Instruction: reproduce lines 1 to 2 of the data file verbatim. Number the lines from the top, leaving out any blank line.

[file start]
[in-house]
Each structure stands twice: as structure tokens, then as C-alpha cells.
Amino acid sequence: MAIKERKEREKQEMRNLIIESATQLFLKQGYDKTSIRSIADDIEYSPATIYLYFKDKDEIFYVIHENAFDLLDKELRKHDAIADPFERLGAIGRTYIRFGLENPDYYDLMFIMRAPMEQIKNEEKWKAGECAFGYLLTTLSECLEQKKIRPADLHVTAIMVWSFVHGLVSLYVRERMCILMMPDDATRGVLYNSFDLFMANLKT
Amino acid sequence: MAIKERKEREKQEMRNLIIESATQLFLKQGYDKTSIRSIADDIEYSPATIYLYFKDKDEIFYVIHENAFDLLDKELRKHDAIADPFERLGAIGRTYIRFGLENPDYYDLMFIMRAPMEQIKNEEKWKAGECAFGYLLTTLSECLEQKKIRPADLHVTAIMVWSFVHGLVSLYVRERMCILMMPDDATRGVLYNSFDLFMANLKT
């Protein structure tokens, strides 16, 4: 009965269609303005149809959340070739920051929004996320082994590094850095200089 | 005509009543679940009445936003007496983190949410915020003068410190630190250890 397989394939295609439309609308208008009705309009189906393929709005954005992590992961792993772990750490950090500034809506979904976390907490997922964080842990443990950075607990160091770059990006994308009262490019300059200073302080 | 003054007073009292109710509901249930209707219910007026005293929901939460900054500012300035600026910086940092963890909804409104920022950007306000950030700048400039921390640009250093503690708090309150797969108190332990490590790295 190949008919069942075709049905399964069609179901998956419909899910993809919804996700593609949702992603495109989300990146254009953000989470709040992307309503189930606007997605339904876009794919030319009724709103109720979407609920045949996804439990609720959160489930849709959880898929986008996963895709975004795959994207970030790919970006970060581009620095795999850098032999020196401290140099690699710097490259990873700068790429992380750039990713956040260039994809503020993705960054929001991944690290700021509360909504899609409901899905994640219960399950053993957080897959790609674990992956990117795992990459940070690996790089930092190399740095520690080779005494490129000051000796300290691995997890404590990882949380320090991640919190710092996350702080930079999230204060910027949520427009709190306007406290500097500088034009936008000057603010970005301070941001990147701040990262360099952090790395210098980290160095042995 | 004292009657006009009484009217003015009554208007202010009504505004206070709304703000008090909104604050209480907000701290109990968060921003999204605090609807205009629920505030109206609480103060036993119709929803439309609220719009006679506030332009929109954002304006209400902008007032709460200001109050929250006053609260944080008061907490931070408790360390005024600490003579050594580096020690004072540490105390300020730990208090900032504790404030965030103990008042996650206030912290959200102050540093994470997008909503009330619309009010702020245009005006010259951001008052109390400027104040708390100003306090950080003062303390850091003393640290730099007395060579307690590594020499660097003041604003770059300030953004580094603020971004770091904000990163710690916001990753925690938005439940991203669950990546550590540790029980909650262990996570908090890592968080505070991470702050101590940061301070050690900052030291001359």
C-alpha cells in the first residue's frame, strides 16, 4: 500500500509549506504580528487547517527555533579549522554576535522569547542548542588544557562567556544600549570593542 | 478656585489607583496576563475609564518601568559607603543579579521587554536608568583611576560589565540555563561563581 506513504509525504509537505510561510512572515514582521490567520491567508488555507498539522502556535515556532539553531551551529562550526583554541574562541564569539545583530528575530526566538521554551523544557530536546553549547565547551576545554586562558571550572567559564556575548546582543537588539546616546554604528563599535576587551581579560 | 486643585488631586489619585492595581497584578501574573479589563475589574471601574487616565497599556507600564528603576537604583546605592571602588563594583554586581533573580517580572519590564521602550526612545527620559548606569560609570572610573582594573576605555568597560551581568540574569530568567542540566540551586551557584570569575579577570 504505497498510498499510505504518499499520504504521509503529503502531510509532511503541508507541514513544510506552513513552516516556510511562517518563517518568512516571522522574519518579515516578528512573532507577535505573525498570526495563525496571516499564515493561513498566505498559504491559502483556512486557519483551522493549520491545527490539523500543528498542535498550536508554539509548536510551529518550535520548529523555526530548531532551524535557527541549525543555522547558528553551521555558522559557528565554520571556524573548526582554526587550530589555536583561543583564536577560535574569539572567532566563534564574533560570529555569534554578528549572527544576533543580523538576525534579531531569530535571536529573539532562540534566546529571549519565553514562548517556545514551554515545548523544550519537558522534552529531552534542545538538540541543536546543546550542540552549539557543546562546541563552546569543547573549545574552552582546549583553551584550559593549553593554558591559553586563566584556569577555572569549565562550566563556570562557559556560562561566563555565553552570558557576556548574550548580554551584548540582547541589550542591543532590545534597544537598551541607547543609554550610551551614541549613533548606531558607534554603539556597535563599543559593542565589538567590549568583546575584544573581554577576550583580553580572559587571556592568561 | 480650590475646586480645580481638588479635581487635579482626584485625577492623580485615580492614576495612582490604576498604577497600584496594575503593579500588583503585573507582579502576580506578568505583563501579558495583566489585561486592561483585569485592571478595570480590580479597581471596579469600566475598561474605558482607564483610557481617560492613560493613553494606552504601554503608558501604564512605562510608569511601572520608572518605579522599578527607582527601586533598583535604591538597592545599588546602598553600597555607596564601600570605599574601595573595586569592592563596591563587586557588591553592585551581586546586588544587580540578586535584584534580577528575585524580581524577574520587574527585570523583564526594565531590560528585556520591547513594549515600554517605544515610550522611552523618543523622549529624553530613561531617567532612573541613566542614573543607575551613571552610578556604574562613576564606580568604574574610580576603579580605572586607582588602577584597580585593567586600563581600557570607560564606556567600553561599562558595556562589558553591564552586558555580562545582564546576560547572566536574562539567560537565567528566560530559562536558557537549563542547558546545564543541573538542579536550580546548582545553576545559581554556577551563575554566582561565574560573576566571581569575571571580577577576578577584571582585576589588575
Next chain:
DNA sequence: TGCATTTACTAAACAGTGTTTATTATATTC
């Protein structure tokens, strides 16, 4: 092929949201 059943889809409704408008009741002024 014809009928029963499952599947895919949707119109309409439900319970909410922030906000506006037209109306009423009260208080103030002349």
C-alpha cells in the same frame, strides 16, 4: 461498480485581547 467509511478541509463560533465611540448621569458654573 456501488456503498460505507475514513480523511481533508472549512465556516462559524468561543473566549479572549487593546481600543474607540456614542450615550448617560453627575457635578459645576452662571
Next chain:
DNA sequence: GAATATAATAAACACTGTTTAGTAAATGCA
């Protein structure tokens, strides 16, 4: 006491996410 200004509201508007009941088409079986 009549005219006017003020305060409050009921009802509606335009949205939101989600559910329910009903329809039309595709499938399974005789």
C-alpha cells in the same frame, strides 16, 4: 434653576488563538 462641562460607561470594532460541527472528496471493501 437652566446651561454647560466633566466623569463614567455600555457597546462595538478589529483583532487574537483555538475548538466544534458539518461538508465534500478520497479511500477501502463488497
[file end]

[in-house]
Each structure stands twice: as structure tokens, then as C-alpha cells.